The Fabulous Baker Brothers
When I interviewed Tom Herbert in June of last year I remember asking him why the Hobbs House Bakery, with its four shops, baking courses and bistro-cafe, had not yet published its own cookery, baking or patisserie book. There are not many family businesses still standing in Britain which have a 120 year old track record of success in the world of baking, and Tom, the fifth generation scion Marketing Director, would make the perfect author of such a work. Soon afterwards, towards the end of 2011, the butchery next door to the Chipping Sodbury High Street bakery in Gloucestershire became vacant, and Tom’s brother Henry and his wife Jess took over its lease to spearhead the new Hobbs House Butchery.
It did not take long after that for the television production company Betty to negotiate a commissioning deal with Channel Four, and within a few months Tom and Henry were in a studio in London shooting the episodes that resulted in “The Fabulous Baker Brothers”, still showing on prime-time screens, mid-week to a very vociferous audience. Run through the Twitter feed of the shortened hashtag #TFBB and you will see the many appreciative comments from across the #RealBread community, from both professional and amateur bakers. And lots and lots of women.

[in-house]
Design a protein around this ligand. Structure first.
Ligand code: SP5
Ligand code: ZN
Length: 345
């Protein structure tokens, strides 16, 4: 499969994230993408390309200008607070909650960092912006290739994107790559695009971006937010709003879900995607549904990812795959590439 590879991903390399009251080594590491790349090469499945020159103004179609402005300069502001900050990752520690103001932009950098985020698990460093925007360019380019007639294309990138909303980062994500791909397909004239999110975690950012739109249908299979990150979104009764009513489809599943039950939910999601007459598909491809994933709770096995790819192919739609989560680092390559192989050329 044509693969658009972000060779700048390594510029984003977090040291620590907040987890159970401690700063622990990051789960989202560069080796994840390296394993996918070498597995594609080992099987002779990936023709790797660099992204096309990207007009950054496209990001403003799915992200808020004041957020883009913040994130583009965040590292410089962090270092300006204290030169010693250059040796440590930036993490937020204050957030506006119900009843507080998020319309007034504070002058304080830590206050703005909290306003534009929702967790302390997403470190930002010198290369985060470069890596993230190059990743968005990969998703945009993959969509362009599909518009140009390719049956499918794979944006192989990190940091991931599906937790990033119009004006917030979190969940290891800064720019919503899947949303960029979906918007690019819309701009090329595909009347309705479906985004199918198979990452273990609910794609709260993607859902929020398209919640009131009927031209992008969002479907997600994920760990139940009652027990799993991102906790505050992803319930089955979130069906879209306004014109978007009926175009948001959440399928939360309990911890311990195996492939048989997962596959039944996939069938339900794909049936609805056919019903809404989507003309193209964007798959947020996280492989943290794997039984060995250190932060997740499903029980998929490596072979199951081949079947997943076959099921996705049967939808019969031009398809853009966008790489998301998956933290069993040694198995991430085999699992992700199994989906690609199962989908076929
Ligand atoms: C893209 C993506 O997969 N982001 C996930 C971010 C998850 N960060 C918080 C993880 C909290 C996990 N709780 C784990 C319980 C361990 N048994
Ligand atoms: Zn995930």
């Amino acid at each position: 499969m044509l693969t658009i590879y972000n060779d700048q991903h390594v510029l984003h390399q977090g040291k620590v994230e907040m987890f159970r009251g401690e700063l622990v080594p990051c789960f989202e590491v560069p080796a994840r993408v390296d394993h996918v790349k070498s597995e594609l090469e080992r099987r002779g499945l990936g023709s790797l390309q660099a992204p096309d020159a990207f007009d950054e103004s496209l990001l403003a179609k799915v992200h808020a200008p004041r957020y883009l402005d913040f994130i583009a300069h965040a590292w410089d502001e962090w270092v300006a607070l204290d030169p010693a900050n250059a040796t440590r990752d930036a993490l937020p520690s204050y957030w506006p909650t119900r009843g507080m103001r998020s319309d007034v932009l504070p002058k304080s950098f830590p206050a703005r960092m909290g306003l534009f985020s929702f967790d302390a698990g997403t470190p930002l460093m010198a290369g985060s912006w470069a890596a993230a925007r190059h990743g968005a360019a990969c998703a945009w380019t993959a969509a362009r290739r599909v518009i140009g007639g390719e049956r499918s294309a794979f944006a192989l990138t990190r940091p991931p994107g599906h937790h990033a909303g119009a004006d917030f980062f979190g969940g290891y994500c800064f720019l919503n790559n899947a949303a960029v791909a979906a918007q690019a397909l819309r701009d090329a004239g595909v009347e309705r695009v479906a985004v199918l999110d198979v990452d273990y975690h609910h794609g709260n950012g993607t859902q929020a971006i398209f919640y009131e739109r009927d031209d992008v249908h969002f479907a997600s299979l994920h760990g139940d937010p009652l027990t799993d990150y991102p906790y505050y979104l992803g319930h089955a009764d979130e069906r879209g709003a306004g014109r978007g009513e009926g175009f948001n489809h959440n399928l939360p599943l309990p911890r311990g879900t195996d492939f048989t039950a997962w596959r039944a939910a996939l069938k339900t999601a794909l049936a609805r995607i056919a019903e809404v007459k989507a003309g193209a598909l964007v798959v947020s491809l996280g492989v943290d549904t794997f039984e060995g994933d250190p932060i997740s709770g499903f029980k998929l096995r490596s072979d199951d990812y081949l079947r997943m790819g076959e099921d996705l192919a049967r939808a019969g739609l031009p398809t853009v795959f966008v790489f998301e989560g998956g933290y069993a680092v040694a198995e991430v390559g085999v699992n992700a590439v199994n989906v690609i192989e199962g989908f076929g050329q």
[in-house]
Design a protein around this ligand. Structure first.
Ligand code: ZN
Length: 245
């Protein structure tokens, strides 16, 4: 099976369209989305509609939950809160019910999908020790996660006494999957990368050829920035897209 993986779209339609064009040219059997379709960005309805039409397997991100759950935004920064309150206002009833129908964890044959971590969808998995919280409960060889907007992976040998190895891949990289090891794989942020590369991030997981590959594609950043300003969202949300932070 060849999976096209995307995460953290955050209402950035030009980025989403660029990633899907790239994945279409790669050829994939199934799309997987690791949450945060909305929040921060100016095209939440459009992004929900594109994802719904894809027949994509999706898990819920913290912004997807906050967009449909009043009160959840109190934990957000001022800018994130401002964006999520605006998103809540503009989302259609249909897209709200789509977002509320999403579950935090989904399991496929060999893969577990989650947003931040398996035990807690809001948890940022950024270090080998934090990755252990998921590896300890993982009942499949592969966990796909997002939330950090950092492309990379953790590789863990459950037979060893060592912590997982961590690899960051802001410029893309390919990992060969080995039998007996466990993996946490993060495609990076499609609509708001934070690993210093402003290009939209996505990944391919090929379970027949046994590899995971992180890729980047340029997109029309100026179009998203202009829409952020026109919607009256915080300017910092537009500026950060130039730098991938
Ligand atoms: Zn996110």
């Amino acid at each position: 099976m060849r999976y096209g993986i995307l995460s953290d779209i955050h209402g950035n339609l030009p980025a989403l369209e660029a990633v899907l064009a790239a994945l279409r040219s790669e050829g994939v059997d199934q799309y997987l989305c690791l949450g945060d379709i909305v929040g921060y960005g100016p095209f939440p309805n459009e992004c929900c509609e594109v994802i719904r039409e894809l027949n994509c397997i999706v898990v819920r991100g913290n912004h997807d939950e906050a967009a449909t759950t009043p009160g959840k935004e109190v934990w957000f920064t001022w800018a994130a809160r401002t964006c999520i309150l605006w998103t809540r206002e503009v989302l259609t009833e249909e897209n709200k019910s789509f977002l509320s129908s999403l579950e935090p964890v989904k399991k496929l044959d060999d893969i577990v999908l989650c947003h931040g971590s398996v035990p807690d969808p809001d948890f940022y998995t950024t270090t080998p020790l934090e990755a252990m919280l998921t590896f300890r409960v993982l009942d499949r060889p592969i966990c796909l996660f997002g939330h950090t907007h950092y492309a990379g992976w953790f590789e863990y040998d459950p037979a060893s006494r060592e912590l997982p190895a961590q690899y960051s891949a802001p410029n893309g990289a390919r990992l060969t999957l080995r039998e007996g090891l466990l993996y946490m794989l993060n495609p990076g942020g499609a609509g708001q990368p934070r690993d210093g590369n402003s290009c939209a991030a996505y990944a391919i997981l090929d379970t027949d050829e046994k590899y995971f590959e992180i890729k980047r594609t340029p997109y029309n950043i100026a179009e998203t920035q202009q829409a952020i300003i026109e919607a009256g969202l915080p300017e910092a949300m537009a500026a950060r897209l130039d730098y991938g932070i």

To coincide with the series Headline, an imprint of Hachette UK, have created the recipe book, photographed by Chris Terry and printed, thankfully, in Britain by Butler, Tanner and Dennis. In it you will find many of the recipes that the business has been using over the years as well as the many personal additions garnered from Tom and Henry’s own years as ardent hunter, gatherer, industrious foodies.
This story is one of provincial English history and its larder, of a Cotswold artisanal family that has lived and breathed wheat, mills, flour, night shifts, loaves, cakes and commerce through world wars, recessions, financial hardship and social change. This is a book for proper, slow reading. There are very few artisanal families like the Herberts left in Britain, and Tom and Henry tell their story with humility and honesty. It is not easy working in a family business, and it is refreshing to find such irrepressible enthusiasm for craft untempered by time and challenges.
If you know of someone who has thought they might like to try making their own bread for the first time, then this book is both user friendly and relaxed. The language is sometimes excited (Steaming? Then GO! Get the dough in … see how it’s sprung. Ace), sometimes demonstrative (Wheat has gluten-forming ability which gives it the power to s-t-r-e-t-c-h) and always inviting (Bread on the table is a sign that all is well, and to have the ability to make it yourself is one of life’s top joys).